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Come On, 'Walking Dead'; You're Better Than This

By Cindy Davis | The Walking Dead | November 9, 2015 |

By Cindy Davis | The Walking Dead | November 9, 2015 |

***Spoiler Warning: Discussion of The Walking Dead events through Sunday’s “Now” follows. If you’re not caught up, back on out.***

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Up until last night, the sixth season of TWD has been one of my favorites. Fast-paced, frenetic, and more focused than it might ever have been, for those of us who’ve stuck with the series, we know it’s not just some depressing, incessantly spewing death vomit; it’s a study of life. How do we keep going when we’re against a seemingly unstoppable force? What keeps us believing in good when we face nothing but pointless, empty violence? What separates the Michonnes and the Carols, the Ricks and the Daryls from those Alexandrians in the food pantry, ready to give up and die?

After the absolute heart-pounding madness that was “Thank You” left us wondering about the fates of two main characters, I didn’t mind that we slowed down a moment and focused on Lennie James’ Morgan Jones. Forcing a cleansing breath, the writers sent us into the same contemplative state Eastman foisted upon Morgan; he came out the other side a changed man, and some of us had our own stop-and-see the beauty moment. Whether what happened to Morgan and Eastman was affecting or merely expository may have been an individual experience, but it was the perfect time for an episodic sherbet (aka palate cleanser — thanks Chris Hardwick). That said, when we planted our keisters in front of the screen this week, none of us expected to end the hour with no answer to the questions we had two weeks ago.


First, I’m fine about the little hand game they place. Haha, joke’s on the comic readers and those in the know; it’s like the writers got a chance to turn the tables (that’s a Game…of Thrones reversal of fortune play) and use reader advantage against the audience. On its own, the hand injury that went nowhere is worth a chuckle, but to just whisk Rick away from the RV predicament felt like a total cheat. It doesn’t matter that we knew he’d find a way to get himself out of there unharmed; that was a moment we should have been returned to. Part of the thrill of TWD is seeing how characters escape tense or seemingly inescapable situations, and no, I’m not talking about that false-ringing tunnel scene with Maggie and Aaron (we’ll come back to them in a few).

Conversely, the Glenn situation is easily resolvable in our own brains. Most of us believe Rhee is still alive, either having crawled out from underneath Nicholas’ distractingly delicious body, or through the miracle of character hallucination POV (whether Glenn’s or Nicholas’). We don’t necessarily need to see how that happens — though it would be cool if we did — and chances are, Glenn will tell Maggie the story himself, when and if they have their tearful reunion scene. The problem here is that we should have been witness to that particular moment — or at least the beginning of such a scene — by the end of last night’s “Now.” Instead, we were rewarded for our patience with a filler episode, emotionally hollow in every way.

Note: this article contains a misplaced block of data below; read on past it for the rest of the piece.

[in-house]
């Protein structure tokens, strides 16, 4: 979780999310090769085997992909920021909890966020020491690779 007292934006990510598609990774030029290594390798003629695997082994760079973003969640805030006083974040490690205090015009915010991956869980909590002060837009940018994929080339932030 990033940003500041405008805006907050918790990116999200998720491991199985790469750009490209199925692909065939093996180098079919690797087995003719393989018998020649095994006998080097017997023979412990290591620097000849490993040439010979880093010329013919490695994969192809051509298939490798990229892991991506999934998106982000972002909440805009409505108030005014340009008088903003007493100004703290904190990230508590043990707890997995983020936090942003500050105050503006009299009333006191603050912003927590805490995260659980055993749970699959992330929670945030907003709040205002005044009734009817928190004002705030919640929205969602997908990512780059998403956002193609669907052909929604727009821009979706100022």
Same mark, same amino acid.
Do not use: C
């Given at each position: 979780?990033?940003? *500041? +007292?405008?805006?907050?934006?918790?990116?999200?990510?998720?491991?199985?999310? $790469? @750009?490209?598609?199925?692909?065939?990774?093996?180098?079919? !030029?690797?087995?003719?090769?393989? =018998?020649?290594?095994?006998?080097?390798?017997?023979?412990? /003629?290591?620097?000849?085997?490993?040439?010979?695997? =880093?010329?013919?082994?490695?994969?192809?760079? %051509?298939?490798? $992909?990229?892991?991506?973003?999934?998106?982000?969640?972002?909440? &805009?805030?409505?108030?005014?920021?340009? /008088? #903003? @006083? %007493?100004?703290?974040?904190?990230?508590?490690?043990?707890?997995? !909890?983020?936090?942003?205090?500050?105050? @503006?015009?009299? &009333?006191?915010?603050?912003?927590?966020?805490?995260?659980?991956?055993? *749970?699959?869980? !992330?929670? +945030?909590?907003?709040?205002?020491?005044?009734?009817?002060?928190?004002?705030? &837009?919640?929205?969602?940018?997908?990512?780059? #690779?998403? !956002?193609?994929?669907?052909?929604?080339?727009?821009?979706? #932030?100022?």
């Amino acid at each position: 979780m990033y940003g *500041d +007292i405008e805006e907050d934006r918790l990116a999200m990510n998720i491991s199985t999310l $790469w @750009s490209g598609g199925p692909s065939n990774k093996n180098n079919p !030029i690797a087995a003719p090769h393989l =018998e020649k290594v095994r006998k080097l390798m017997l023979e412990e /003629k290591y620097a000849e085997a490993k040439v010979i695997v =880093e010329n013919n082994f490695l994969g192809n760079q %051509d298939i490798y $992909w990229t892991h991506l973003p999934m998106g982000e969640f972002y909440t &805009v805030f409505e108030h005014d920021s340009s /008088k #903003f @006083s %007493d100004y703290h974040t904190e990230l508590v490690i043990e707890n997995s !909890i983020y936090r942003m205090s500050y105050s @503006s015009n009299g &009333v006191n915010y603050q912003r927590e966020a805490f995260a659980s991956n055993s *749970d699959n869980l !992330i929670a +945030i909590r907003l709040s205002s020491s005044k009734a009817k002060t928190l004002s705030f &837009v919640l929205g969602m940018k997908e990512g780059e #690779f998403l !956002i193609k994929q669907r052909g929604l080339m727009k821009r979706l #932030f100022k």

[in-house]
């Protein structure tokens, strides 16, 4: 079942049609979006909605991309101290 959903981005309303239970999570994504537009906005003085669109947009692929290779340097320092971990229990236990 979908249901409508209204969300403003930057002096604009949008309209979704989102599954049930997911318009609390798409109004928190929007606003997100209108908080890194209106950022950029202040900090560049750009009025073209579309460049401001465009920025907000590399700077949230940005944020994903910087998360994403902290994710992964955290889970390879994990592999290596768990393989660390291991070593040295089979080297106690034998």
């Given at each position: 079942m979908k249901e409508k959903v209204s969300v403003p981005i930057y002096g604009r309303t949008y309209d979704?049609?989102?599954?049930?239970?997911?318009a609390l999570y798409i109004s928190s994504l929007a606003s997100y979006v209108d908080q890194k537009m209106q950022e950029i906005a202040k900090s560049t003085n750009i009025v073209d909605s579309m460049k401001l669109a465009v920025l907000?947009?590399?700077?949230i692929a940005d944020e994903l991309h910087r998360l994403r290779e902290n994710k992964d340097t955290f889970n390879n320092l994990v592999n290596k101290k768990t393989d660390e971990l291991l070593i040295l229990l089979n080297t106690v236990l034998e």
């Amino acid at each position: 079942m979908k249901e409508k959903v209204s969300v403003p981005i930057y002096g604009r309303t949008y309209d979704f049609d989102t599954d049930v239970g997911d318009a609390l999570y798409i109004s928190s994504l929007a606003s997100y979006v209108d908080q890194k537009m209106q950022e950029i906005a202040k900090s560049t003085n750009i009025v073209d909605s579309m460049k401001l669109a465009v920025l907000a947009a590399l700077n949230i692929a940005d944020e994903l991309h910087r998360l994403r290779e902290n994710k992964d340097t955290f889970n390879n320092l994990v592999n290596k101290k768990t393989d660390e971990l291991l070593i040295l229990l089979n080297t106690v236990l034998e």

While she was an interesting character when Deanna was first introduced, Alexandria’s leader has all but crumbled under pressure. Since we’ve already seen her fall apart several times over, it’s not interesting to watch Deanna veer back and forth, especially since we’ve no reason to be invested in the character (don’t even get me started on how she could still not understand you have to stab a walker in the head). Frankly, the only town residents who are compelling are Jessie (due more to her relationship with Rick than the character, herself), and recently introduced Denise (the excellent Merritt Wever), who has a great and compelling dilemma that the writers are taking time to explore. I’d have rather spent the minutes taken away for that empty Maggie and Aaron tunnel scene with Denise and/or Tara. Whether it’s the writing or that something is amiss with Lauren Cohan’s delivery (I had a problem with her breakdown over Beth’s death, as well), there was nothing that rang true emotionally when Maggie’s pregnancy was revealed. Expected or not, that scene was as empty as most of this hour felt.

In a season that started off so well, putting us off with filler like “Now” is a slap in the face, not only to the audience; it’s self-sabotage by the writers as well. We’ve come too far, you’ve come too far to resort to what feels like cheap tricks. When a series has reached its sixth season, and manages to stay at the top of the cable viewing charts, it’s silly to play the drag-it-out, is-he-or-isn’t-he dead game. The audience fully expected a return to at least some of its main characters this week, with more than an “Oh hi, I’m back!” from Rick, and at the very least, a hint of Glenn. Heck, if we had to stay in Alexandria, where were Carol and Michonne? Why are we in the food pantry with a bunch of people we’ve never seen before?

Next week looks like we’ll finally see what’s going on with Daryl, Sasha and Abraham, which means maybe we won’t find out anything about Glenn. Instead of mounting tension or dread about his situation, dragging out the *mystery” may work against the writers and diffuse our emotions; by the time he reappears, will we care as much? And if Glenn’s fate isn’t resolved until the mid-season break (or worse yet, until the series back-half return), the series will have burned away its great sixth season momentum. Come on, Walking Dead, you’re better than this.

Cindy Davis, (Twitter)

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